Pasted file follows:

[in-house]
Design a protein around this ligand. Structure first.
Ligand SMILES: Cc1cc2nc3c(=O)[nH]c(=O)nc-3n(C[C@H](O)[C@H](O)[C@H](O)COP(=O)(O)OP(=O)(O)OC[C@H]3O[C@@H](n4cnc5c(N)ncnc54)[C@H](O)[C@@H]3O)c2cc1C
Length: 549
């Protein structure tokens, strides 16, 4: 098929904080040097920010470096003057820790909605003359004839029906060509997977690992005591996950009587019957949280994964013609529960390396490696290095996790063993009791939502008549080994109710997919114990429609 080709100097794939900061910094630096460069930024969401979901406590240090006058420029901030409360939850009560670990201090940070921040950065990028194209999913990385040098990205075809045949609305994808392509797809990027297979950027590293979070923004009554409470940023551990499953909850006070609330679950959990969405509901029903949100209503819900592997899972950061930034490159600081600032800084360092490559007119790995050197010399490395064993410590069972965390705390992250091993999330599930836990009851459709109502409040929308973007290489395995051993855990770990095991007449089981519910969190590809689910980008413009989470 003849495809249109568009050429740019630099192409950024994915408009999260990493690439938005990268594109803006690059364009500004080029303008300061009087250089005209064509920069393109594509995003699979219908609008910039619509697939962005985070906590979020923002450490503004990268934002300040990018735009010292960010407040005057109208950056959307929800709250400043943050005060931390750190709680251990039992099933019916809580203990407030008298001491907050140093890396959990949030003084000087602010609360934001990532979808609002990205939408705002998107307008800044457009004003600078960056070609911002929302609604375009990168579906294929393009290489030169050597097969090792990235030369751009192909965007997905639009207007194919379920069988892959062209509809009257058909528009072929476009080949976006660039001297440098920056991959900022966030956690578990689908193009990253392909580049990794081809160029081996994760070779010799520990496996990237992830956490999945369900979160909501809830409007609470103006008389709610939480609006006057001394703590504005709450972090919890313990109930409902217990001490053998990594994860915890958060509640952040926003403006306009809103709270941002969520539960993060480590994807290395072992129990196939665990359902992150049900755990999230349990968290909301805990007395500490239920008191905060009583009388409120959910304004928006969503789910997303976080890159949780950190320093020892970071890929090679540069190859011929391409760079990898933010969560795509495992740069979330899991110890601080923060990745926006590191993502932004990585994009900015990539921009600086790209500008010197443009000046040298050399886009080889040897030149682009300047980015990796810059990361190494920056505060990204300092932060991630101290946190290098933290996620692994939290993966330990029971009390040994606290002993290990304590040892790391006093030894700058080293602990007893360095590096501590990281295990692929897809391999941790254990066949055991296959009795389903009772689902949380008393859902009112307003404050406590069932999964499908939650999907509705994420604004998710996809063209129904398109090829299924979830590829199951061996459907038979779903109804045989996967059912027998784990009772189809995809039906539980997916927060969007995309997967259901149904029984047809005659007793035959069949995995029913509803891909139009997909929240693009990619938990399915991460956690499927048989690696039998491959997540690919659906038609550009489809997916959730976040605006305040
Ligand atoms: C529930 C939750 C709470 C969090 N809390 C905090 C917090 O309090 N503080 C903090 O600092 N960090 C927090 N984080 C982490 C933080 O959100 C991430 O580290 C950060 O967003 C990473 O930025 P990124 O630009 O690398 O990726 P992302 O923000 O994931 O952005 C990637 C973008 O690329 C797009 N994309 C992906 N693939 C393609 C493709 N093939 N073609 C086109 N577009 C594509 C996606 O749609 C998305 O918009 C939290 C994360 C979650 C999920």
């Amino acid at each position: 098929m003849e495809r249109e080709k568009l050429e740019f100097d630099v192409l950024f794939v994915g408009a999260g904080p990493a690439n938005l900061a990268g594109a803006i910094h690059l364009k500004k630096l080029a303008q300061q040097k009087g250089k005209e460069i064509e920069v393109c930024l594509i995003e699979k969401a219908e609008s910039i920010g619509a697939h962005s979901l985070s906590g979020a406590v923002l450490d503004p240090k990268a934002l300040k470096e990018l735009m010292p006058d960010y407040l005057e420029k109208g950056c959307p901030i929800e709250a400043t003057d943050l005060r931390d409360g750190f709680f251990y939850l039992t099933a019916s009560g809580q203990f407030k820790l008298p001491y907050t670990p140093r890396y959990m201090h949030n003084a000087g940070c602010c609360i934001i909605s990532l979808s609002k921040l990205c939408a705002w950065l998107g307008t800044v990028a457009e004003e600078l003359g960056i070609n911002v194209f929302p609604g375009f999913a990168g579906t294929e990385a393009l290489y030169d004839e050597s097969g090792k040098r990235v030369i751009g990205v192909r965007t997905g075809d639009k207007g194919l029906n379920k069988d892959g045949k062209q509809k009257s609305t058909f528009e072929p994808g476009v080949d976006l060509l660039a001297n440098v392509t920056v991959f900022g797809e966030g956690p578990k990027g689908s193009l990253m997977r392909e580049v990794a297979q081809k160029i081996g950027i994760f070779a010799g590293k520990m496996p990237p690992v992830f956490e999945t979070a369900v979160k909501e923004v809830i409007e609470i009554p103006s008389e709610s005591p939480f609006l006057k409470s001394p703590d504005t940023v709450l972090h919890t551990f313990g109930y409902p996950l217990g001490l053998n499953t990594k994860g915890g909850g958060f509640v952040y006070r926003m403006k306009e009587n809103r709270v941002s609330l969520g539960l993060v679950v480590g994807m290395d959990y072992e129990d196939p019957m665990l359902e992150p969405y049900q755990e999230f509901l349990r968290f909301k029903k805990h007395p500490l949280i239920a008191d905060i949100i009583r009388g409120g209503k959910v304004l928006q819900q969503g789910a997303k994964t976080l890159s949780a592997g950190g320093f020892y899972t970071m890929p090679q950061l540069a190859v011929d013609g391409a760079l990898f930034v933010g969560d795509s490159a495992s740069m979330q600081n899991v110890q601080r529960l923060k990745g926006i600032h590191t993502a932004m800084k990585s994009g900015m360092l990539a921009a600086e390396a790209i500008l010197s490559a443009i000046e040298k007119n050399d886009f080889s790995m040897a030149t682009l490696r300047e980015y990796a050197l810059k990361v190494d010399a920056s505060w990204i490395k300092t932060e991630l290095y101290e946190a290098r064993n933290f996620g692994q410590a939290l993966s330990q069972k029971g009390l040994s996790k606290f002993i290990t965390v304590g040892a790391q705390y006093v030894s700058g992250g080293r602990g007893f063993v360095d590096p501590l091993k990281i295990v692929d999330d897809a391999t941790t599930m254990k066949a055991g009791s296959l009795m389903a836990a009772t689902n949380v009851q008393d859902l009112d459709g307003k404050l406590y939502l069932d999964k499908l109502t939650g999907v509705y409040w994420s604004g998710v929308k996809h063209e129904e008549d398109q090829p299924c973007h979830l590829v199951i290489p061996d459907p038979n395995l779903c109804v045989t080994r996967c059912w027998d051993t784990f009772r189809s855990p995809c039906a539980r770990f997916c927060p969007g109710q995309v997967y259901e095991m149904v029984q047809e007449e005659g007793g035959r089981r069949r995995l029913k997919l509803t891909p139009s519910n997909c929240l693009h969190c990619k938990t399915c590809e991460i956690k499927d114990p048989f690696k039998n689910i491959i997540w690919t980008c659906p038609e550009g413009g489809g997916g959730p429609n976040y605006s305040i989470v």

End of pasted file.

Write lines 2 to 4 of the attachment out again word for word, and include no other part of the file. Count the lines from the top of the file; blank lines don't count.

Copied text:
Design a protein around this ligand. Structure first.
Ligand SMILES: Cc1cc2nc3c(=O)[nH]c(=O)nc-3n(C[C@H](O)[C@H](O)[C@H](O)COP(=O)(O)OP(=O)(O)OC[C@H]3O[C@@H](n4cnc5c(N)ncnc54)[C@H](O)[C@@H]3O)c2cc1C
Length: 549